Qualitative definitions of resilience are abundant in the literature, which says resilience is the ability to resist stress and recover from faults. Essentially, a resilient object is like the timepiece that "takes a licking and keeps on ticking." However, a more rigorous definition is needed for purposes of measuring and protecting critical assets, such as a nation's infrastructure. If we cannot quantify it, how do we know if we have enough?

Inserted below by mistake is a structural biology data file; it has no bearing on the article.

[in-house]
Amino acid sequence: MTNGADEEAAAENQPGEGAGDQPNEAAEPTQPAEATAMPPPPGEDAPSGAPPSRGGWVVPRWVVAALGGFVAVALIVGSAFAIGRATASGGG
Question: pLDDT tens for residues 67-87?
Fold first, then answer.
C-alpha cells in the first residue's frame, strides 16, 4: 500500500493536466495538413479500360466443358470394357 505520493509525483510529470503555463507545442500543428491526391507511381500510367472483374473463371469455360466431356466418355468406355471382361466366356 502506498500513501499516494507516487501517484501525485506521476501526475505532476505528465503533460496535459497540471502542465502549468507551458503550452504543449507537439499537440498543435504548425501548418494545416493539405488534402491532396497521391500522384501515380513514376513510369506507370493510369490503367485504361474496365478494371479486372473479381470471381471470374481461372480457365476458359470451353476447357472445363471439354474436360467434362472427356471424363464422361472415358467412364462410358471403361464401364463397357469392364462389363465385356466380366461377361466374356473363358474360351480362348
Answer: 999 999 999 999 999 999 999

When my garaged automobile fails to start in the morning, it is of little consequence to anyone but me. However, if it stalls in the middle of a busy freeway, the consequences can be large. It risks tying up traffic and delaying perhaps thousands of commuters. My automobile becomes more important as a component of a (traffic) system. The traffic system's ability to deal with the stress of a stalled automobile is a kind of resilience. Thus, resilience is a property of a system.
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